Tuttle et al v. Sky Bell Asset Management LLC et al Doc. 42 1 2 3 4 5 6 IN THE UNITED STATES DISTRICT COURT 7 FOR THE NORTHERN DISTRICT OF CALIFORNIA 8 9 11 For the Northern District of California United States District Court 10 12 15 16 17 18 19 20 21 22 23 24 25 26 27 28 ORDER DENYING MOTION TO REMAND Plaintiffs, 13 14 No. C 10-03588 WHA EDGAR W. TUTTLE, ERIC BRAUN; THE BRAUN FAMILY TRUST; and WENDY MEG SIEGEL, on behalf of themselves and all other similarly situated, v. SKY BELL ASSET MANAGEMENT, LLC, GARY R. MARKS, GEOFFREY M. GOTSCH, MICHAEL SELL, AGILE SKY ALLIANCE FUND, LP, AGILE GROUP LLC, GREENBERG & ASSOCIATES, INC. d/b/a AGILE INVESTORS, INC., NEAL GREENBERG, EDEN ROCK FINANCE FUND, LP, SOLID ROCK MANAGEMENT LIMITED, ERCM LLP, SANTO VOLPE, ERNST & YOUNG LLC, NIGHT WATCH PARTNERS, LP, SKY BELL OFFSHORE PARTNERS, LTD, PIPELINE INVESTORS, LP, SKY BELL SELECT, LP, WAILEA PARTNERS, LP, WAILEA CAPITAL GP, LLC, WAILEA ADVISORS, LP, PROSPECT CAPITAL, LLC, WILLIAM BELHUMEUR, ROTHSTEIN KASS & COMPANY, P.C., MCGLADREY & PULLEN, LLP, and DOES 1-15, Defendants. / INTRODUCTION In this removed prospective class action suit, plaintiffs allege that defendants breached their fiduciary duties by causing plaintiffs to incur substantial losses through investments in Ponzi Dockets.Justia.com 1 schemes run by Thomas Petters and Bernard Madoff. Plaintiffs move to remand. This order 2 holds that plaintiffs’ claims, as pled, are precluded by federal law under the Securities Litigation 3 Uniform Standards Act. This problem is curable and plaintiffs will be allowed leave to re-plead 4 and to omit the allegations now requiring preclusion. The motion to remand is DENIED. 5 STATEMENT 6 Plaintiffs Edgar Tuttle, Eric Braun, The Braun Family Trust and Wendy Meg Siegel 7 brought this prospective class action on behalf of owners of limited partnership units in seven 8 limited partnerships controlled by defendants Sky Bell Asset Management, LLC, and Gary 9 Marks, the CEO of Sky Bell Asset Management. There are 25 named defendants, including the 11 For the Northern District of California United States District Court 10 seven limited partnerships, their general partners, officers and auditors. The following facts are taken from the complaint. Sky Bell Asset Management is alleged 12 to have “coordinated all of the investments made by Plaintiffs, and Class and Subclass members 13 in the Limited Partnerships” (Compl. ¶ 12). Defendants assured plaintiffs that their money would 14 be placed in “massively diversified” investments by utilizing an investment strategy that would 15 protect against the risk of “heavily concentrating the investments with just a few managers” 16 (Compl. ¶ 3). Published statements by defendant Marks touted his diversification investment 17 strategies (see, e.g., Compl. ¶ 63). The unfortunate reality was that, unrevealed to plaintiffs, “the 18 supposed strategy based on ‘massive’ diversification for some of the limited partnerships was an 19 illusion. Marks, Sky Bell, and the other General Partner Defendants acted recklessly by heavily 20 weighing the Limited Partners’ investments with just a handful of fund managers” (Compl. ¶ 4). 21 Despite claims from defendants Sky Bell and Marks that money was diversified among many 22 money managers, the funds were actually heavily invested in Madoff and Petters Ponzi schemes 23 (Compl. ¶ 52). Furthermore, had defendants “conducted minimal due diligence,” they would 24 have realized the clear red flags showing that plaintiffs’ money was invested in blatant Ponzi 25 schemes rather than in diversified investments (Compl. ¶ 4). Sky Bell and Marks still hold 26 millions of dollars of plaintiffs’ money, which they refuse to return (Compl. ¶ 53). 27 Plaintiffs were not only misled into believing that their money would be placed in 28 “massively diversified” investments, they were also misled as to the “comprehensive due 2 1 diligence” practiced by defendants (Compl. ¶ 58). Plaintiffs were repeatedly assured that they 2 would receive significant benefits by entrusting their money with Sky Bell and that defendant 3 Marks always conducted extensive and ongoing due diligence for every investment he made 4 (Compl. ¶¶ 60, 68). Plaintiffs allege that defendant Marks also “held himself out to be a 5 knowledgeable and skilled investment manager” while making false representations as to his tax 6 knowledge and expertise in business (Compl. ¶¶ 2, 120, 124). 7 Plaintiffs allege five state law causes of action for: (1) breach of fiduciary duty, (2) aiding 8 and abetting breach of fiduciary duty, (3) negligence, (4) unjust enrichment, and (5) an 9 accounting. Plaintiffs originally filed their complaint in state court, but defendant Rothstein, Kass and Company, P.C. removed this action based on the Securities Litigation Uniform Standards 11 For the Northern District of California United States District Court 10 Act, 15 U.S.C. 78bb(f), or in the alternative, on the Class Action Fairness Act, 28 U.S.C. 1332. 12 The notice of removal stated that all defendants who had been served consented to removal. 13 Plaintiffs now move to remand. They assert that there are no federal claims in their 14 complaint and that defendants removed the action to federal court by improperly asserting that the 15 SLUSA and CAFA support jurisdiction. In the context of their CAFA argument, plaintiffs 16 request permission to conduct limited discovery regarding the prospective class members’ states 17 of citizenship, which is information asserted to be in the hands of defendants at this time, that 18 would be relevant to the existence of jurisdiction under CAFA. Oral argument was heard on 19 November 18, 2010. 20 21 ANALYSIS “If at any time before final judgment it appears that the district court lacks subject matter 22 jurisdiction, the case shall be remanded.” 28 U.S.C. 1447(c). A defendant may remove an action 23 to federal court based on federal question jurisdiction or diversity jurisdiction. 28 U.S.C. 1441. 24 However, the “‘strong presumption’ against removal jurisdiction means that the defendant always 25 has the burden of establishing that removal is proper,” and all ambiguity is resolved in favor of 26 remand to state court. Gaus v. Miles, Inc., 980 F.2d 564, 566 (9th Cir. 1992) (citations omitted). 27 Here defendants have the burden of showing that jurisdiction exists under SLUSA — namely that 28 plaintiffs have, in fact, alleged violations of securities laws — or under CAFA. 3 1 1. JURISDICTION UNDER SLUSA 2 Congress enacted SLUSA in response to certain unintended consequences of the Private litigation involving nationally traded securities by imposing heightened pleading requirements. 5 “Rather than face the obstacles set in their path by the Reform Act, plaintiffs and their 6 representatives began bringing class actions under state law, often in state court.” See Merrill 7 Lynch, Pierce, Fenner & Smith, Inc. v. Dabit, 547 U.S. 71, 83 (2006). The Supreme Court has 8 said that SLUSA should be read broadly to cover claims where there is “deception” that 9 “coincides” with a securities transaction — claims that are accordingly viewed as violations of 10 federal law even when brought as state law claims. Id. at 85. The Supreme Court warned that a 11 For the Northern District of California Securities Litigation Reform Act of 1995. PLRSA was meant to target the abuses of class-action 4 United States District Court 3 “narrow reading of the statute would undercut the effectiveness of the 1995 Reform Act and thus 12 run contrary to SLUSA’s stated purpose, viz., ‘to prevent certain State private securities class 13 action lawsuits alleging fraud from being used to frustrate the objectives’” of the PSLRA. Id. at 14 86 (citation omitted). 15 16 17 18 Under SLUSA: (1) No covered class action based upon the statutory or common law of any State or subdivision thereof may be maintained in any State or Federal court by any private party alleging— (A) a misrepresentation or omission of a material fact in connection with the purchase or sale of a covered security; or 19 20 (B) that the defendant used or employed any manipulative or deceptive device or contrivance in connection with the purchase or sale of a covered security. 21 (2) Removal of covered class actions 22 23 24 Any covered class action brought in any State court involving a covered security, as set forth in paragraph (1), shall be removable to the Federal district court for the district in which the action is pending, and shall be subject to paragraph (1). 25 15 U.S.C. 78bb(f)(1)–(2). Conversely, “[i]n an action that has been removed from a State court 26 pursuant to paragraph (2), if the Federal court determines that the action may be maintained in 27 State court pursuant to this subsection, the Federal court shall remand such action to such State 28 court.” 15 U.S.C. 78bb(f)(3)(D). In other words, SLUSA removes certain actions brought in the 4 1 form of state law claims. 15 U.S.C. 78bb(f)(1)–(2). SLUSA also precludes removed claims from 2 proceeding as state law claims in either state or federal court. See Proctor v. Vishay 3 Intertechnology, Inc., 584 F.3d 1208, 1220 (9th Cir. 2009). “The preclusion provision is often 4 called a preemption provision; the Act, however, does not itself displace state law with federal 5 law but makes some state-law claims nonactionable through the class-action device in federal as 6 well as state court.” Kircher v. Putnam Funds Trust, 547 U.S. 633, 636 n.1 (2006). This is not to 7 say, however, that a plaintiff, after removal, may not amend the complaint to escape SLUSA 8 preclusion. 9 Plaintiffs concede that this case involves a “covered class action” and is in connection with the “purchase or sale of a covered security” (see Dkt. No. 34 at 9), and argue solely that the 11 For the Northern District of California United States District Court 10 complaint does not allege factual predicates arising from “misrepresentations or omissions” that 12 would be precluded by SLUSA. When making this determination the focus is on the gravamen of 13 the complaint: “when an allegation of misrepresentation in connection with a securities trade, 14 implicit or explicit, operates as a factual predicate to a legal claim, that ingredient is met. To be a 15 factual predicate, the fact of a misrepresentation must be one that gives rise to liability, not 16 merely an extraneous detail.” In re Charles Schwab Corp. Sec. Litig., 257 F.R.D. 534, 551 (N.D. 17 Cal. 2009) (Alsup, J.) (citation omitted). 18 On the other hand, not within SLUSA’s preclusive scope are garden-variety state law 19 claims lacking any reference to material omissions or misrepresentations. Proctor, 584 F.3d at 20 1223. Securities fraud claims involve an intent to deceive at the time of the suspect 21 representation or omission. See, e.g., Merck & Co., Inc. v. Reynolds, 130 S. Ct. 1784, 1796–97 22 (2010). State law claims for mismanagement of investment funds, such as for breach of fiduciary 23 duty or contract, by contrast, involve a failure to live up to a promise after that promise is made or 24 violating the standards of care of such fiduciaries. See, e.g., Tarmann v. State Farm Mut. Auto. 25 Ins. Co., 2 Cal. Rptr. 2d 861, 863–64 (Cal. Ct. App. 1991). The former is precluded under the 26 SLUSA. The latter is not. SLUSA was intended to root out fraud claims pled as state-law 27 mismanagement claims but not to preclude state-law mismanagement claims. 28 5 1 2 A. Application of General Principles in Similar Contexts The parties cite numerous decisions. Most either do not analyze the application of the 3 “misrepresentation or omission” provision of the SLUSA, or analyze notably different 4 allegations. Two of these decisions do analyze the application of the “misrepresentation or 5 omission” provision and concern complaints that contain similar allegations to the present action, 6 although arising on motions to dismiss rather than motions to remand. Nevertheless, the analysis 7 in finding misrepresentation or omission allegations to be precluded by the SLUSA is similar. 8 9 In Barron v. Igolnikov, No. 09 Civ. 4471, 2010 WL 882890 (S.D.N.Y. Mar. 10, 2010), the plaintiff brought a putative class action on behalf of investors who held limited partnership interests in “funds-of-funds,” which “invested with Madoff indirectly by allocating a portion of 11 For the Northern District of California United States District Court 10 their assets to four feeder funds” that had direct accounts with Madoff. Id. at *2. The issue in 12 Barron, as in the present case, was whether plaintiffs alleged a misrepresentation or omission. 13 Also similar to the present action, the plaintiffs in Barron asserted state law causes of action for 14 breach of fiduciary duty, negligence, and aiding and abetting for the defendants’ failure to warn 15 their clients against investing with Madoff and continued funneling of money into Madoff-related 16 feeder funds while collecting management fees. Barron held: “In light of the Supreme Court’s 17 command that SLUSA be construed expansively, it is enough that this fraudulent scheme was in 18 connection with the trading in the nationally listed securities in which Madoff claimed to be 19 engaged.” Id. at *5. In order to hold that SLUSA applied, Barron only found it necessary that 20 the complaint asserted deception in connection with a securities transaction, not the deception of 21 plaintiff herself — i.e., it was enough that plaintiff alleged that Madoff deceived investors 22 generally. 23 Similarly, in Levinson v. PSCC Services, Inc., No. 3:09-CV-00269, 2009 WL 5184363 (D. 24 Conn. Dec. 23, 2009), the plaintiffs brought a class action against the custodians of their 25 retirement accounts who invested the plaintiffs’ money in Madoff funds. The plaintiffs alleged 26 that they were misled into believing that their funds were safe and conservatively invested while 27 the defendants ignored several red flags that should have alerted them to Madoff’s Ponzi scheme. 28 Id. at *1. The plaintiffs asserted state law causes of action including breach of fiduciary duty and 6 1 breach of contract, as well as fraud-based claims. After determining that the fraud-based claims 2 were precluded by SLUSA, the decision also found the breach of fiduciary duty and contract 3 claims to be precluded because: “Plaintiffs allege that Defendants failed to safeguard Plaintiffs’ 4 assets by not maintaining possession of Plaintiffs’ funds, neglecting to independently verify the 5 investment returns reported by [Bernard L. Madoff Investment Securities LLC], and ignoring 6 evidence of Madoff’s Ponzi scheme. . . . [T]he Complaint [also] states elsewhere that Defendants 7 intended to misrepresent their obligations . . . to induce Plaintiffs to enter into the agreements.” 8 Id. at *13 (emphasis in original). Levinson highlighted that the non-fraud-based claims relied on 9 allegations of misrepresentations “as an integral part of the conduct giving rise to the claims.” 11 For the Northern District of California United States District Court 10 Ibid. Plaintiffs argue that Barron and Levinson are distinguishable from this action because in 12 those decisions the defendants had actual knowledge of “red flags.” In their reply brief, plaintiffs 13 try to characterize their own allegations of defendants’ behavior as ignorance of the Ponzi 14 schemes and red flags, rather than misrepresentations regarding the safety of the subject 15 investments (see Dkt. No. 34 at 8). This is not an accurate characterization of the allegations in 16 the complaint at hand. 17 B. Application to Our Complaint 18 Plaintiffs cannot avoid SLUSA by utilizing artful drafting which refrains from using the 19 exact words “misrepresentation” or “omission.” U.S. Mortg., Inc. v. Saxton, 494 F.3d 833, 842 20 (9th Cir. 2007), overruled as to other holdings by Proctor v. Vishay Intertechnology Inc., 584 21 F.3d 1208 (9th Cir. 2009). 22 The complaint includes many passages to the effect that the alleged conduct is based on 23 misrepresentations. Mentioned repeatedly in the complaint is how defendants “assured” plaintiffs 24 that their money would be placed in “massively diversified investments,” which was “supposedly 25 accomplished by investing the limited partnerships’ money in what are known as ‘funds-of- 26 funds,’ i.e., other limited partnerships that own a variety of investments, rather than individual 27 stocks or other assets” (Compl. ¶ 3). The manner in which their money was to be invested, a 28 strategy that involved “massive diversification,” assertedly was an illusion (Compl. ¶ 4). 7 1 Plaintiffs describe misrepresentations without using the word. For example, “Agile Sky 2 Defendants repeatedly emphasized that the fund’s money was diversified among a large number 3 of managers and asset classes [but] . . . in reality, a substantial portion of the Agile Sky Limited 4 Partnership’s assets were concentrated in funds that put the money into Ponzi schemes” (Compl. 5 ¶¶ 75, 76, 133). The essence of the allegations in the complaint is that defendants misrepresented 6 the manner in which plaintiffs’ money was to be invested. 7 In their reply brief, plaintiffs argue that in fact the gravamen of the complaint is that manner in which they managed the Plaintiffs’ money” (Dkt. No. 34 at 7). They argue that the 10 allegations concerning misrepresentations are extraneous details. But their prevalence betrays 11 For the Northern District of California “Defendants breached their fiduciary duties (or aided and abetted such breaches) through the lax 9 United States District Court 8 this characterization. 12 True, In re Charles Schwab held that a breach of fiduciary duty claim there was not based 13 on misrepresentations or omissions and hence was not within SLUSA’s scope. Schwab, 257 14 F.R.D. at 551. Schwab, however, was factually different. There the plaintiffs “readily agree[d] 15 that [defendant] properly disclosed the change in its concentration policy but argue[d] that the 16 change was nevertheless improper.” Ibid. Here, plaintiffs do not concede the propriety of 17 defendants’ disclosures. As such, Schwab is not on point. 18 In sum, the gravamen of the instant complaint is that there were misrepresentations that 19 plaintiffs’ money was to be invested in massively diversified investments, when in fact almost all 20 the money was funneled into funds-of-funds that invested in Ponzi schemes resulting in 21 “effectively no diversification among managers or asset classes” (Compl. ¶ 110). As such, the 22 SLUSA applies to plaintiffs’ claims and remand is not allowed. CLAIM PRECLUSION UNDER SLUSA 23 2. 24 Whenever the removal provision pursuant to SLUSA is met, “SLUSA creates a federal 25 defense to certain covered class actions, prohibiting those actions from going forward in state or 26 federal court,” entitling the removing party to dismissal of the action. Proctor, 584 F.3d at 1220 27 (emphasis in original). Under SLUSA, no covered class action based on state law by any private 28 party alleging a misrepresentation or omission of material fact in connection with the purchase or 8 1 sale of securities may be maintained in any federal court. 15 U.S.C. 78bb(f)(1). SLUSA 2 “authorizes removal and dismissal based on the allegations in the complaint and does not require 3 any additional evidentiary showing from either party.” Saxton, 494 F.3d at 842 (citation omitted). 4 In other words, where the action is removable under SLUSA’s removal provision, “SLUSA 5 unquestionably requires the dismissal of the precluded claim[s].” Proctor, 584 F.3d at 1226. A 6 plaintiff, however, “may avoid SLUSA dismissal through amendment.” Saxton, 494 F.3d at 843 7 (emphasis in original). Thus, SLUSA “does not prohibit amendment of the complaint after 8 removal” and plaintiffs may be given an opportunity to amend to avoid SLUSA preclusion. Ibid. 9 Defendants acknowledged this at oral argument. Plaintiffs may do so by pleading claims that either comply with the PRLSA’s 11 For the Northern District of California United States District Court 10 requirements for pleading a federal securities claim, or avoiding the “misrepresentation or 12 omission” pitfalls of SLUSA by pleading true state law mismanagement claims such as breach of 13 fiduciary duty or contract, short of allegations that sound in fraud. SLUSA does not preclude 14 breach of fiduciary duty or contract claims unless they sound in fraud and are thus properly 15 viewed as mislabeled securities law claims. In other words, if plaintiffs wish to carry on with the 16 action they are required to file an amended complaint that pleads claims that avoid the preclusive 17 nature of SLUSA. Depending on the allegations and claims asserted in an amended complaint, 18 the issue of remand may have to be reanalyzed under the above SLUSA preclusion principles (or 19 on other grounds). See, e.g., Schuster v. Gardner, 319 F. Supp. 2d 1159, 1164–65 (S.D. Cal. 20 2003). JURISDICTION UNDER CAFA 21 3. 22 Defendants assert that, should SLUSA be found not to govern this action, alternative 23 grounds for federal jurisdiction exist under CAFA. District courts have original jurisdiction 24 under CAFA in any class action where: (1) the amount in controversy exceeds $5,000,000, (2) the 25 aggregate number of proposed class members is 100 or greater, and (3) there is minimal diversity 26 between the parties. 28 U.S.C. 1332(d)(2). CAFA, however, 27 28 [S]hall not apply to any class action that solely involves a claim: (A) concerning a covered security as defined under 16(f)(3) of the Securities Act of 1933 (15 U.S.C. 78p(f)(3)) and section 28(f)(5)(E) of the Securities Exchange Act of 1934 (15 U.S.C. 78bb(f)(5)(E)) . . . 9 1 28 U.S.C. 1332(d)(9)(A). The purpose of this exception “to avoid disturbing in any way the 2 federal vs. state court jurisdictional lines already drawn in the securities litigation class action 3 context by the enactment of the Securities Litigation Uniform Standards Act.” S. REP. NO. 1094 14, at 45 (2005). In the broadest sense, a “security” is an instrument that “might be sold as an 5 investment.” Reves v. Ernst & Young, 494 U.S. 56, 61 (1990). The parties agree that this action 6 involves “covered securities” (Dkt. No. 1 at 5; Dkt. No. 34 at 9). The instant action thus falls 7 within this CAFA exception rendering jurisdiction nonexistent under CAFA, though it exists 8 under SLUSA. There is therefore no need to reach plaintiffs’ request for limited discovery, which 9 was only relevant to application of CAFA’s minimal diversity requirements. 10 For the foregoing reasons, plaintiffs’ motion to remand is DENIED. The complaint will be For the Northern District of California United States District Court CONCLUSION 11 12 dismissed as precluded by SLUSA unless plaintiffs file an amended complaint to avoid SLUSA 13 preclusion or amend their complaint to comply with the PRLSA’s requirements. Within 14 days 14 of this order, plaintiffs must file a motion to file an amended complaint on the normal 35-day 15 track seeing to cure the foregoing deficiencies. A proposed amended complaint must be 16 appended to such motion, and the motion should clearly explain why the proposed complaint 17 overcomes the deficiencies stated herein. Counsel ought to be mindful and careful in the extent to 18 which various allegations are incorporated by reference. 19 IT IS SO ORDERED. 20 21 Dated: November 19, 2010. WILLIAM ALSUP UNITED STATES DISTRICT JUDGE 22 23 24 25 26 27 28 10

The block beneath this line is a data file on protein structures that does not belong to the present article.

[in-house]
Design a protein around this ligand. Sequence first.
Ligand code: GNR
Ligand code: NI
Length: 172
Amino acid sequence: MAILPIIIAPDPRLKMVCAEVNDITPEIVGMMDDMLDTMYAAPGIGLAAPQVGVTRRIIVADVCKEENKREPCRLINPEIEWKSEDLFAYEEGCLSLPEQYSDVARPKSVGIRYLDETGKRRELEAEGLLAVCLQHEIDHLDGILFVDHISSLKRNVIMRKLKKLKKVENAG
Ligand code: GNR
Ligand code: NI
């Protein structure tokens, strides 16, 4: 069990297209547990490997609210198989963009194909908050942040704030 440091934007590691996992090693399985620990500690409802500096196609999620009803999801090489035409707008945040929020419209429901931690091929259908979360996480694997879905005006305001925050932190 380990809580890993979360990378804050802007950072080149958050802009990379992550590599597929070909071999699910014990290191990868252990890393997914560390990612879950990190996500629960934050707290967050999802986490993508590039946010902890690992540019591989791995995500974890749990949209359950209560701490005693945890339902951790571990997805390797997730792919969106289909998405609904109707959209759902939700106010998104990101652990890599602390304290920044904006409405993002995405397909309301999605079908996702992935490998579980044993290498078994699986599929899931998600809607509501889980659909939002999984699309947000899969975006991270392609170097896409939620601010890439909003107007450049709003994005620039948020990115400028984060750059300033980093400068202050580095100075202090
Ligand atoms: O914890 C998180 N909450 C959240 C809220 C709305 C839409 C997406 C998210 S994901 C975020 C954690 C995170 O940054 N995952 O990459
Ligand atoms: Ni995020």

This site is protected by reCAPTCHA and the Google Privacy Policy and Terms of Service apply.